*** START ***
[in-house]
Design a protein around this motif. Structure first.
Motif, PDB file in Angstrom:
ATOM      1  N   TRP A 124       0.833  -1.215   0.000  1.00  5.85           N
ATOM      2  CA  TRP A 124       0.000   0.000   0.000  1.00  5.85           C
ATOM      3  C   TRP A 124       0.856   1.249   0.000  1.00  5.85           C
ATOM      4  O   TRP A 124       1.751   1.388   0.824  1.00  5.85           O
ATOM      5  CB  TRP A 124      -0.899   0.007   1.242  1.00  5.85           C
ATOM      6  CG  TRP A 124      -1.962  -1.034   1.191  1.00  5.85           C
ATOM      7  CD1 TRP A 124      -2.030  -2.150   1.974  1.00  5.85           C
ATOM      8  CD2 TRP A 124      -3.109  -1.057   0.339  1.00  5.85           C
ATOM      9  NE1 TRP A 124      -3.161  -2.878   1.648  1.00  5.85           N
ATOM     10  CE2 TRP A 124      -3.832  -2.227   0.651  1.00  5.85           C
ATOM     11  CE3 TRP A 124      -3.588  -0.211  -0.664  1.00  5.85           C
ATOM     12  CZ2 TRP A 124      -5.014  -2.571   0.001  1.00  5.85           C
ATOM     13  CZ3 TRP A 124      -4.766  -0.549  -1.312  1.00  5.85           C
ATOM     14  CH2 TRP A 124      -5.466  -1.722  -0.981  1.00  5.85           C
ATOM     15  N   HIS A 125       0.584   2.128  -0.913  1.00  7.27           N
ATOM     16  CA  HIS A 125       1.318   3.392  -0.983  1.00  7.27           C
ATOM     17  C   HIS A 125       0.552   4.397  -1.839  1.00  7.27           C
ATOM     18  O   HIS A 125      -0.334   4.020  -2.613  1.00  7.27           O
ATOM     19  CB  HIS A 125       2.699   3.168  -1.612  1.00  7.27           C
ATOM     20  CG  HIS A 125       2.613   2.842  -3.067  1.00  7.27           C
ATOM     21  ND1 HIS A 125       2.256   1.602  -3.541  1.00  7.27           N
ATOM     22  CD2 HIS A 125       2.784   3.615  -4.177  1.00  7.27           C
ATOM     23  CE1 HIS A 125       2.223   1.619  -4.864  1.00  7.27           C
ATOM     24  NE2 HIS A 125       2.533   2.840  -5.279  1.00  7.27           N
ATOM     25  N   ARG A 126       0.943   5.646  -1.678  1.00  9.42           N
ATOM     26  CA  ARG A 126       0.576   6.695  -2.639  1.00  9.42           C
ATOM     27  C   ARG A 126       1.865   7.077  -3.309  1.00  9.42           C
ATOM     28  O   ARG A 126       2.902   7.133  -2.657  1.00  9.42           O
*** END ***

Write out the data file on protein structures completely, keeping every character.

[in-house]
Design a protein around this motif. Structure first.
Motif, PDB file in Angstrom:
ATOM      1  N   TRP A 124       0.833  -1.215   0.000  1.00  5.85           N
ATOM      2  CA  TRP A 124       0.000   0.000   0.000  1.00  5.85           C
ATOM      3  C   TRP A 124       0.856   1.249   0.000  1.00  5.85           C
ATOM      4  O   TRP A 124       1.751   1.388   0.824  1.00  5.85           O
ATOM      5  CB  TRP A 124      -0.899   0.007   1.242  1.00  5.85           C
ATOM      6  CG  TRP A 124      -1.962  -1.034   1.191  1.00  5.85           C
ATOM      7  CD1 TRP A 124      -2.030  -2.150   1.974  1.00  5.85           C
ATOM      8  CD2 TRP A 124      -3.109  -1.057   0.339  1.00  5.85           C
ATOM      9  NE1 TRP A 124      -3.161  -2.878   1.648  1.00  5.85           N
ATOM     10  CE2 TRP A 124      -3.832  -2.227   0.651  1.00  5.85           C
ATOM     11  CE3 TRP A 124      -3.588  -0.211  -0.664  1.00  5.85           C
ATOM     12  CZ2 TRP A 124      -5.014  -2.571   0.001  1.00  5.85           C
ATOM     13  CZ3 TRP A 124      -4.766  -0.549  -1.312  1.00  5.85           C
ATOM     14  CH2 TRP A 124      -5.466  -1.722  -0.981  1.00  5.85           C
ATOM     15  N   HIS A 125       0.584   2.128  -0.913  1.00  7.27           N
ATOM     16  CA  HIS A 125       1.318   3.392  -0.983  1.00  7.27           C
ATOM     17  C   HIS A 125       0.552   4.397  -1.839  1.00  7.27           C
ATOM     18  O   HIS A 125      -0.334   4.020  -2.613  1.00  7.27           O
ATOM     19  CB  HIS A 125       2.699   3.168  -1.612  1.00  7.27           C
ATOM     20  CG  HIS A 125       2.613   2.842  -3.067  1.00  7.27           C
ATOM     21  ND1 HIS A 125       2.256   1.602  -3.541  1.00  7.27           N
ATOM     22  CD2 HIS A 125       2.784   3.615  -4.177  1.00  7.27           C
ATOM     23  CE1 HIS A 125       2.223   1.619  -4.864  1.00  7.27           C
ATOM     24  NE2 HIS A 125       2.533   2.840  -5.279  1.00  7.27           N
ATOM     25  N   ARG A 126       0.943   5.646  -1.678  1.00  9.42           N
ATOM     26  CA  ARG A 126       0.576   6.695  -2.639  1.00  9.42           C
ATOM     27  C   ARG A 126       1.865   7.077  -3.309  1.00  9.42           C
ATOM     28  O   ARG A 126       2.902   7.133  -2.657  1.00  9.42           O